Thursday, May 14, 2015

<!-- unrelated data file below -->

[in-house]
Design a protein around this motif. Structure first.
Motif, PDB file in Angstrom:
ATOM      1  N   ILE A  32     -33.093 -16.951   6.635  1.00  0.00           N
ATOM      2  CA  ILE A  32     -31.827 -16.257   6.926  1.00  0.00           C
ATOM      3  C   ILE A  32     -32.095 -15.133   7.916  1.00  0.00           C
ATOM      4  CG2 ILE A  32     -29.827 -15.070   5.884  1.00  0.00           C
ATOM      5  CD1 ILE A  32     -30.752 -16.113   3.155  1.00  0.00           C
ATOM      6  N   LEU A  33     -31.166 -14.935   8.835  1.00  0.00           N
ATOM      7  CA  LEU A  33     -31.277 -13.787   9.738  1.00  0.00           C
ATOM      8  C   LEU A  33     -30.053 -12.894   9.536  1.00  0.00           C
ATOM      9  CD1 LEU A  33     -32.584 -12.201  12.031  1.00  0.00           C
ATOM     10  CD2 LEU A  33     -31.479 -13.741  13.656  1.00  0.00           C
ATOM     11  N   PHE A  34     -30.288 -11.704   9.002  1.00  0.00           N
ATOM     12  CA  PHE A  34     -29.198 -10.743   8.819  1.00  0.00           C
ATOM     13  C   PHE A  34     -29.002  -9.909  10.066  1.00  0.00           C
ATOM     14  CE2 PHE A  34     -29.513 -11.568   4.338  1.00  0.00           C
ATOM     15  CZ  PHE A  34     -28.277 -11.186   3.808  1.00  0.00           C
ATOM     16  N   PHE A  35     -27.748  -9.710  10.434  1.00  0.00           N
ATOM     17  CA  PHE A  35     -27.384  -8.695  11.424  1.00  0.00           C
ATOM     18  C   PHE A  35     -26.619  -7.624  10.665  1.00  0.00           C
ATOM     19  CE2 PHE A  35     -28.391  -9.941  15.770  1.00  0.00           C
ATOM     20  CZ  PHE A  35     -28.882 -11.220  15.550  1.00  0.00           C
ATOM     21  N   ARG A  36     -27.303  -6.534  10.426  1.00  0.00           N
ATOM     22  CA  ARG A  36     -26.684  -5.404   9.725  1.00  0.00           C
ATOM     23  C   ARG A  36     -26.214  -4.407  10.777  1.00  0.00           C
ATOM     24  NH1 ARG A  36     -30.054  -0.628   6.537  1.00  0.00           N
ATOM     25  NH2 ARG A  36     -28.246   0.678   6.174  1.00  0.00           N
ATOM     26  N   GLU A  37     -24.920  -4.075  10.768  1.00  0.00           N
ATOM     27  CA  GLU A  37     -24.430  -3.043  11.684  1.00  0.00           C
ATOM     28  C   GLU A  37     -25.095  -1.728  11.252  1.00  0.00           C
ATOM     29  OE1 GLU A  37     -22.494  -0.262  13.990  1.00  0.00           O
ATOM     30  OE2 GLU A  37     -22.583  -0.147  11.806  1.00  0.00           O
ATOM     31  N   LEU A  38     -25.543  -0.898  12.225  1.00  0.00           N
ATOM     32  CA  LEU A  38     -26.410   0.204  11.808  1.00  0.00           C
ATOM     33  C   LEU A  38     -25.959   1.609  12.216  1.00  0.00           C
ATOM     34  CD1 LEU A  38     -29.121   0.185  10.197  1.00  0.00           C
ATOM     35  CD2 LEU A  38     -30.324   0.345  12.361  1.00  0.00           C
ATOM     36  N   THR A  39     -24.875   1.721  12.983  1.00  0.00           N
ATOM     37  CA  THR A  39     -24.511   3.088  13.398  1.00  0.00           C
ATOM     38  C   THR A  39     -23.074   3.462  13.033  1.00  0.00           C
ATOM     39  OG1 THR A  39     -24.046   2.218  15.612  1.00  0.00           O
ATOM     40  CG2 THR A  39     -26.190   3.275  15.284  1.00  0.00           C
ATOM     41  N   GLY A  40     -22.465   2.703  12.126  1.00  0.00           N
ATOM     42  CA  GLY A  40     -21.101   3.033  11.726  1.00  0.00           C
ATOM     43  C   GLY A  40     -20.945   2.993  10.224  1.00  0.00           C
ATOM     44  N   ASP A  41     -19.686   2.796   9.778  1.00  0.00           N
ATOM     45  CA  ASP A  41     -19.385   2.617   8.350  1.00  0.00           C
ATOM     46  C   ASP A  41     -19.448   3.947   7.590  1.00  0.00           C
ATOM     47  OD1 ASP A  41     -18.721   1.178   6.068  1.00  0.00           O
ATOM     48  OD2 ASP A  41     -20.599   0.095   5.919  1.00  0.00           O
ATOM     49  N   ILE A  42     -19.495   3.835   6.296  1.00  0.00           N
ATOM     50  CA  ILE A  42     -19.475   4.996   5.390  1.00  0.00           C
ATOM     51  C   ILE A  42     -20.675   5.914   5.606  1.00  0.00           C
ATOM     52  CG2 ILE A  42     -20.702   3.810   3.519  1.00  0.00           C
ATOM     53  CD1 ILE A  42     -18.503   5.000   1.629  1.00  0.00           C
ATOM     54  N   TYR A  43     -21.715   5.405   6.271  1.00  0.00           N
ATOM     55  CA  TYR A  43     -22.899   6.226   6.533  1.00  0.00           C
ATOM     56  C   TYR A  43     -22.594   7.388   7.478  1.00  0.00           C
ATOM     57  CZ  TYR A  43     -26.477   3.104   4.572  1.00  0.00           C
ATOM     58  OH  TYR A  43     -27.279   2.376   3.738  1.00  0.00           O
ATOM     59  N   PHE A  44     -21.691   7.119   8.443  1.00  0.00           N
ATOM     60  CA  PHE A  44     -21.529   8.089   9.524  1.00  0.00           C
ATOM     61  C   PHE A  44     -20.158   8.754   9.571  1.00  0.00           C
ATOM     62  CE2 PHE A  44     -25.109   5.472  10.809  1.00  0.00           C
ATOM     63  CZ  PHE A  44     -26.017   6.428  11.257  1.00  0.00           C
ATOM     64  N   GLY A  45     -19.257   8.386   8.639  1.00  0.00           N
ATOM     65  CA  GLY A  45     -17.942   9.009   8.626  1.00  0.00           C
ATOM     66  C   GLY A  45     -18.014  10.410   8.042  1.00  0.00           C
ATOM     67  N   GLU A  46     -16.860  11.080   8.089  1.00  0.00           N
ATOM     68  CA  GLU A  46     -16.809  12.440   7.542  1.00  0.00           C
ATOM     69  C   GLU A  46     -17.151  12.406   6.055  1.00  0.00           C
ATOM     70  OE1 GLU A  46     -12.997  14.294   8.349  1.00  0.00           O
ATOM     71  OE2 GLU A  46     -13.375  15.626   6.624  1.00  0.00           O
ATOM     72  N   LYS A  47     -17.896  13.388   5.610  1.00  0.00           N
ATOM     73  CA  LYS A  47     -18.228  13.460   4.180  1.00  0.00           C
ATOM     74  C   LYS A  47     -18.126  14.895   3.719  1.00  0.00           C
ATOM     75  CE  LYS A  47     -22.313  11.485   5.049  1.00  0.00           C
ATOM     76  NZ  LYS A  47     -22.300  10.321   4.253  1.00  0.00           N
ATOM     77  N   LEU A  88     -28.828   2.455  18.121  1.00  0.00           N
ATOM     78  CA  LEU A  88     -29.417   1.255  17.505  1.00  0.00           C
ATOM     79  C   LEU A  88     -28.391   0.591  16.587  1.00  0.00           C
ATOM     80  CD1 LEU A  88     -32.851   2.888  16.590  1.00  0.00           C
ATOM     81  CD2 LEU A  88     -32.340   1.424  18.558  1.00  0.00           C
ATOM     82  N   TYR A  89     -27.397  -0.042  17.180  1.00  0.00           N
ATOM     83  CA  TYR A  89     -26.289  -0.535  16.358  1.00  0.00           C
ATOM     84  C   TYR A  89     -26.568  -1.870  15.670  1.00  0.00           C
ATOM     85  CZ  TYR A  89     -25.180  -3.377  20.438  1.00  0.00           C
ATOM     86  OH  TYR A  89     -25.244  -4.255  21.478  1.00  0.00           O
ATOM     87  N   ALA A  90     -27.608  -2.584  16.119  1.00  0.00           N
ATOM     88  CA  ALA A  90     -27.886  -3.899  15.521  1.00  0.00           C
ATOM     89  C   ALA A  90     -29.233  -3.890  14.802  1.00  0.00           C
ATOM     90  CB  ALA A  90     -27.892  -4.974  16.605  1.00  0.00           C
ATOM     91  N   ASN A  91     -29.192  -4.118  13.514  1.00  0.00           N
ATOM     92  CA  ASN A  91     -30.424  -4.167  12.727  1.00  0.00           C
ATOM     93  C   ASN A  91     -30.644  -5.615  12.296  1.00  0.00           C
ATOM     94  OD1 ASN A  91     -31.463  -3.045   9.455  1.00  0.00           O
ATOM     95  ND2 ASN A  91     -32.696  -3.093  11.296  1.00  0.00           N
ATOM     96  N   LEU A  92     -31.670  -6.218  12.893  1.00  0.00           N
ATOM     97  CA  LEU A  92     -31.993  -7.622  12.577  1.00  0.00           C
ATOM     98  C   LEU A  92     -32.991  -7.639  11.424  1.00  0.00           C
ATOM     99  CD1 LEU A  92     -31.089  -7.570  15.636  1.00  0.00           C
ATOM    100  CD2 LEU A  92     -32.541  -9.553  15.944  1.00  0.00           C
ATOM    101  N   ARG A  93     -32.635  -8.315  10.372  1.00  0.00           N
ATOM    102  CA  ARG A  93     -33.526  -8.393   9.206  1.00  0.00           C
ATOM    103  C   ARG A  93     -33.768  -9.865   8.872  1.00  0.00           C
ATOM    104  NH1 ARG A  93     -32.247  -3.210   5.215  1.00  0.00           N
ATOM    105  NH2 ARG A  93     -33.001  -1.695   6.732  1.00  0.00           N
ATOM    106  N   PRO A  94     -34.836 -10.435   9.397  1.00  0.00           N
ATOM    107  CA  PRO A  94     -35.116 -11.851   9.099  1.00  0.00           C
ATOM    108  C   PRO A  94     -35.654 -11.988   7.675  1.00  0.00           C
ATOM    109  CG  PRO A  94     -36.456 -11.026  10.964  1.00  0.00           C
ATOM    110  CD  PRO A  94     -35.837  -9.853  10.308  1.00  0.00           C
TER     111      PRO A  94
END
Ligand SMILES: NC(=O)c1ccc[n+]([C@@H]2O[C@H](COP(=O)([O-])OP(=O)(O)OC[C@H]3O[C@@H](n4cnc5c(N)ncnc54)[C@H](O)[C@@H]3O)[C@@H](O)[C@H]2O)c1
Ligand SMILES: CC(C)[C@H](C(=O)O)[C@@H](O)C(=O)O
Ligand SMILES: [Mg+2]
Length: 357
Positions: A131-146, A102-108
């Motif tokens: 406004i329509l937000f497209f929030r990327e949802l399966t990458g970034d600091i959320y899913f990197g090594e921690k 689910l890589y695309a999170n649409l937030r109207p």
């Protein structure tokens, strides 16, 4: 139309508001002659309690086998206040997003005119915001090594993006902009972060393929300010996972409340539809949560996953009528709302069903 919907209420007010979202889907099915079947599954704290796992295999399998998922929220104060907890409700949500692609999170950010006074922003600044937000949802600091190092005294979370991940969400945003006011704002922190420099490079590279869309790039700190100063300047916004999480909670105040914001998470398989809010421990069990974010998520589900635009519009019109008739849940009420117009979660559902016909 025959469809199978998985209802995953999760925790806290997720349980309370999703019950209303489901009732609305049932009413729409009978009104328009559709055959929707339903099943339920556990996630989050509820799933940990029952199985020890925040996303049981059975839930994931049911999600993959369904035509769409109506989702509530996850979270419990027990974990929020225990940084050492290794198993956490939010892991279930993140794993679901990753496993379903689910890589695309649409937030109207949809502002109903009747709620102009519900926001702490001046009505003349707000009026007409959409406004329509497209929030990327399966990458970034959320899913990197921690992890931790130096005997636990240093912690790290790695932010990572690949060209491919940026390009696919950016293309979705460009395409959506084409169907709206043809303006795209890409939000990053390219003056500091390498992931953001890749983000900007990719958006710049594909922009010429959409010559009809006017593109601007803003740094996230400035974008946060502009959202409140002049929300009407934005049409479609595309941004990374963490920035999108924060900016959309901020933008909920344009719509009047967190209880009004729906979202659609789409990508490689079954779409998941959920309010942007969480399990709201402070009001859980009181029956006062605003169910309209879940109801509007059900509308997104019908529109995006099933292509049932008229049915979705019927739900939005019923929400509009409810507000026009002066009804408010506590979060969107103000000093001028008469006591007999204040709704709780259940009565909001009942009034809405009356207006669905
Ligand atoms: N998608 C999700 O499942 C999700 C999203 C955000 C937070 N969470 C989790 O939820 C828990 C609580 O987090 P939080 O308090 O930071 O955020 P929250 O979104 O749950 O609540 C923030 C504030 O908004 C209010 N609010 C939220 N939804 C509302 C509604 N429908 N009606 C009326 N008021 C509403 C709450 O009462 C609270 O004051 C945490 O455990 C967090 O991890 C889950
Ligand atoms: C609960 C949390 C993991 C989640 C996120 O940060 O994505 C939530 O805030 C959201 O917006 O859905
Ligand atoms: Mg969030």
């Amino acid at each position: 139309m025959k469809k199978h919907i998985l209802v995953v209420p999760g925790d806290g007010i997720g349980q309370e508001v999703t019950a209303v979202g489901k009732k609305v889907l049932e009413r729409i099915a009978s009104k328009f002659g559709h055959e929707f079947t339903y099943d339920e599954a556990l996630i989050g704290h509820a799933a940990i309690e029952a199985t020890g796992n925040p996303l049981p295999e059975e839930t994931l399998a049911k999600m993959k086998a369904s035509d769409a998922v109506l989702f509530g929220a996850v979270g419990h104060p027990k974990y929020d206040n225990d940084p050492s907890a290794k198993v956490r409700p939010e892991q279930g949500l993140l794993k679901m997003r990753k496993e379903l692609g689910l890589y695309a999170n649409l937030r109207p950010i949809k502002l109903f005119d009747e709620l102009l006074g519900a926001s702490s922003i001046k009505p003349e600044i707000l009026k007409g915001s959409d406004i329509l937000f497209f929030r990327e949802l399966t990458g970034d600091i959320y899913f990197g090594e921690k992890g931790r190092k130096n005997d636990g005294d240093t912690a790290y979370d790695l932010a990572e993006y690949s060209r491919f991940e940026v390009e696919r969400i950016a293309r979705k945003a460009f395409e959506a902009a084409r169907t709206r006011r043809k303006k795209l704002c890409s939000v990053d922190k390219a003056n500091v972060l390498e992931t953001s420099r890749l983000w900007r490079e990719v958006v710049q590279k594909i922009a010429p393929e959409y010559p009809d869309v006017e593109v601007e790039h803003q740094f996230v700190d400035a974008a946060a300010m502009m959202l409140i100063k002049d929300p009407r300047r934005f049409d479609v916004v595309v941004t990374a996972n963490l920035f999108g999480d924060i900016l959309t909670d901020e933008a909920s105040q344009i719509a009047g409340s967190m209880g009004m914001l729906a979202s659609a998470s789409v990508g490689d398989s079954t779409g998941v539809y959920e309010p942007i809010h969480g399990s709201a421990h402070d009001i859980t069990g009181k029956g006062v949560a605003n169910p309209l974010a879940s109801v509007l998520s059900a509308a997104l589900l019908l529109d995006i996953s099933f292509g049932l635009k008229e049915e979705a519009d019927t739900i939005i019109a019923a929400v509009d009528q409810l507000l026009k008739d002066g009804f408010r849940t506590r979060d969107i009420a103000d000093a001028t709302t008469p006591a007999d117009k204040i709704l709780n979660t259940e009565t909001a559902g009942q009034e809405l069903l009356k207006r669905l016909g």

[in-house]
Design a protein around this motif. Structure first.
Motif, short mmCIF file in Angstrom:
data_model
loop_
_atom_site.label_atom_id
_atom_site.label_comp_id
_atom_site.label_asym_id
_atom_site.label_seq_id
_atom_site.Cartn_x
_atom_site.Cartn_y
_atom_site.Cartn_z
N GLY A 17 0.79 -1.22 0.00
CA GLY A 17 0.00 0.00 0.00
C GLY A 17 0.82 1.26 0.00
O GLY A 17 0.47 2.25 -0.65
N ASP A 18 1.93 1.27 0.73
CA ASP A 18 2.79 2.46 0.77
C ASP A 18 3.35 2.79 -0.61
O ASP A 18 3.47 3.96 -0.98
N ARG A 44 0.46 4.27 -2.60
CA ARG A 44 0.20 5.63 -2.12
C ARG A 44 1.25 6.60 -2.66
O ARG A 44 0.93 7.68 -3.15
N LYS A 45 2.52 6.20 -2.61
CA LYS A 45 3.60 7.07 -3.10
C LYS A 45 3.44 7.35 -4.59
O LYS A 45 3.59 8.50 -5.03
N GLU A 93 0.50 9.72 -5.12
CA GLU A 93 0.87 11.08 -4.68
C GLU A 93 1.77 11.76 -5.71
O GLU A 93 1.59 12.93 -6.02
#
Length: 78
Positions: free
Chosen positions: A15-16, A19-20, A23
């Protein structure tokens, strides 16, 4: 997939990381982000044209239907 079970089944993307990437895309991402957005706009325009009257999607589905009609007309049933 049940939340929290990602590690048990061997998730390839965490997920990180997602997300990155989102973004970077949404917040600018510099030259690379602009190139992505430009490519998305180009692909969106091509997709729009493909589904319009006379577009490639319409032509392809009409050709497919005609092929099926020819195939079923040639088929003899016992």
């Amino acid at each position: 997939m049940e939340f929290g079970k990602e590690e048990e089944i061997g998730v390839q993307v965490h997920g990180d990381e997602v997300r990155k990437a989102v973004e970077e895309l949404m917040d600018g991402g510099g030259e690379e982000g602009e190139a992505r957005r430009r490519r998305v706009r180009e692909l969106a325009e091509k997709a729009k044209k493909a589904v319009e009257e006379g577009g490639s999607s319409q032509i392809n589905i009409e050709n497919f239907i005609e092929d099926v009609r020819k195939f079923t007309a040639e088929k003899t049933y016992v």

Rudolf was going to do it. Today is the day. The pilot closed the cockpit door, will be gone for a couple. Co pilot Rudolf locked the door from inside. “Flight GW346 en route, 300 nauts, elevation 35 thousand, acknowledge ”, he spoke in his microphone. The other end was sending the reply, when Rudolf pushed the autopilot off and initiated landing manoeuvre. The plane took a jolt and took nose dive, the cloud was clearing away very fast. Captain Wehrman could not go to the men’s room at all. He charged towards the cockpit door. Rudolf must have fallen unconscious, he shouldn’t have left him alone. The door was locked from inside. Captain asked the hostess to give the combination to open the door, which went in vain. The door was securely locked from inside. The whole picture started getting clear. The descent wasn’t any different, with the sunny sky behind, and the dark alps zooming in, little Elvis found it amusing. Wehrman kept on pounding the door, which he believed would open up by some miracle. Rudolf was clear in himself. He was going to take everyone with him, this was something he dreamed of, his eyes weren’t getting any better, the retina was getting weaker everyday. The only option that would be left to him would be to beg, a blind beggar. He had his fate sealed, there was no escape. Since that day he is contemplating his death, how he is going to make it big. He can die in nihilistic paranoia taking everyone with him. This gave him a sense of purpose, all that he will be doing will be a preparation for the eventual. This day has come, he felt like God. He is taking all the God’s children to sleep, keeping aside their pleas and wishes. The descendant of death would not listen to anyone either. Its a part of life. Accept it, Rudolf spoke in himself, as if the pilot can hear him beyond all the screaming and banging. The right wing hit a mountain, and the plane bent sidewards, creating a large cry for life. Wehrman wasn’t losing hope, he tried all his cards, talking into issues, making positive suggestions, asking questions, re-freshing the mindset, none of which worked. It was time, the green mountain were getting dark, the cry of the passengers were getting dampened, that little child was rejoicing the event, maybe he knows he will be going back to where he came from. So did everyone. The impact happened at 450mph in the Alps. There were no survivors among the 150 onboard. Debris that was left for identification was only the flight stabilizers, and a part of the fuselage, burnt beyond recognition.